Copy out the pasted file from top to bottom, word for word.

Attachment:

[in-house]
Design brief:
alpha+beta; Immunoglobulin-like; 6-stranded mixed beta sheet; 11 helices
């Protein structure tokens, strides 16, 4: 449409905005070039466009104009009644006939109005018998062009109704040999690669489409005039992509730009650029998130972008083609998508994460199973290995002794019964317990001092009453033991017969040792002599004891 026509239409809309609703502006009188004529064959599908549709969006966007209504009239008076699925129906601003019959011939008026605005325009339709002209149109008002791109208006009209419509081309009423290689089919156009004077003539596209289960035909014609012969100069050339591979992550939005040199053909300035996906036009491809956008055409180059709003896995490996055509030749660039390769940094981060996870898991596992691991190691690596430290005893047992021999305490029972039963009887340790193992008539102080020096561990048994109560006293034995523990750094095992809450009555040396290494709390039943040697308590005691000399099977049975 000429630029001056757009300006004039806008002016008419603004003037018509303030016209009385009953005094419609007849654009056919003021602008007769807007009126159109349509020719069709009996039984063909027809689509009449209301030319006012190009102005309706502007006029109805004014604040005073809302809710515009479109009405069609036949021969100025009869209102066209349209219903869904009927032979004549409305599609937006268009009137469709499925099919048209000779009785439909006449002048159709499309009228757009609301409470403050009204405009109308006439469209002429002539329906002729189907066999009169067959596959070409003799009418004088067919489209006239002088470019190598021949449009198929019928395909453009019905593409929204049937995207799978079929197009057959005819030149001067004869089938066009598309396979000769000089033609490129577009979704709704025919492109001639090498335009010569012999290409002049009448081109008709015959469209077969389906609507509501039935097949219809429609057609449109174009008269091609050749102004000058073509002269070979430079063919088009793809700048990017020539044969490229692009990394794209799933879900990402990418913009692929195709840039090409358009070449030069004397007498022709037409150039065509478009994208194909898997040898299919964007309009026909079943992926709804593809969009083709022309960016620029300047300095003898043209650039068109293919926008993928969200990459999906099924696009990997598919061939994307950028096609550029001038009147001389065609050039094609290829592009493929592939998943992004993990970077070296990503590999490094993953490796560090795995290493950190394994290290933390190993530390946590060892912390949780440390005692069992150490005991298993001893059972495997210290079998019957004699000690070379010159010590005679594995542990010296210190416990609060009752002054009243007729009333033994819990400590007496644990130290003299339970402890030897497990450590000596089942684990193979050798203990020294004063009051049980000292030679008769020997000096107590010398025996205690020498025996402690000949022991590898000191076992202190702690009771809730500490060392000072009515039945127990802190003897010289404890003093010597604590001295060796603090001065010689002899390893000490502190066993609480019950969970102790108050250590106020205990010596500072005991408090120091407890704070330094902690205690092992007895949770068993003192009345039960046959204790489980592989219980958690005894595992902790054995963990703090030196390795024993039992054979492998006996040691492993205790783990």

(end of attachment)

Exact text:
[in-house]
Design brief:
alpha+beta; Immunoglobulin-like; 6-stranded mixed beta sheet; 11 helices
């Protein structure tokens, strides 16, 4: 449409905005070039466009104009009644006939109005018998062009109704040999690669489409005039992509730009650029998130972008083609998508994460199973290995002794019964317990001092009453033991017969040792002599004891 026509239409809309609703502006009188004529064959599908549709969006966007209504009239008076699925129906601003019959011939008026605005325009339709002209149109008002791109208006009209419509081309009423290689089919156009004077003539596209289960035909014609012969100069050339591979992550939005040199053909300035996906036009491809956008055409180059709003896995490996055509030749660039390769940094981060996870898991596992691991190691690596430290005893047992021999305490029972039963009887340790193992008539102080020096561990048994109560006293034995523990750094095992809450009555040396290494709390039943040697308590005691000399099977049975 000429630029001056757009300006004039806008002016008419603004003037018509303030016209009385009953005094419609007849654009056919003021602008007769807007009126159109349509020719069709009996039984063909027809689509009449209301030319006012190009102005309706502007006029109805004014604040005073809302809710515009479109009405069609036949021969100025009869209102066209349209219903869904009927032979004549409305599609937006268009009137469709499925099919048209000779009785439909006449002048159709499309009228757009609301409470403050009204405009109308006439469209002429002539329906002729189907066999009169067959596959070409003799009418004088067919489209006239002088470019190598021949449009198929019928395909453009019905593409929204049937995207799978079929197009057959005819030149001067004869089938066009598309396979000769000089033609490129577009979704709704025919492109001639090498335009010569012999290409002049009448081109008709015959469209077969389906609507509501039935097949219809429609057609449109174009008269091609050749102004000058073509002269070979430079063919088009793809700048990017020539044969490229692009990394794209799933879900990402990418913009692929195709840039090409358009070449030069004397007498022709037409150039065509478009994208194909898997040898299919964007309009026909079943992926709804593809969009083709022309960016620029300047300095003898043209650039068109293919926008993928969200990459999906099924696009990997598919061939994307950028096609550029001038009147001389065609050039094609290829592009493929592939998943992004993990970077070296990503590999490094993953490796560090795995290493950190394994290290933390190993530390946590060892912390949780440390005692069992150490005991298993001893059972495997210290079998019957004699000690070379010159010590005679594995542990010296210190416990609060009752002054009243007729009333033994819990400590007496644990130290003299339970402890030897497990450590000596089942684990193979050798203990020294004063009051049980000292030679008769020997000096107590010398025996205690020498025996402690000949022991590898000191076992202190702690009771809730500490060392000072009515039945127990802190003897010289404890003093010597604590001295060796603090001065010689002899390893000490502190066993609480019950969970102790108050250590106020205990010596500072005991408090120091407890704070330094902690205690092992007895949770068993003192009345039960046959204790489980592989219980958690005894595992902790054995963990703090030196390795024993039992054979492998006996040691492993205790783990």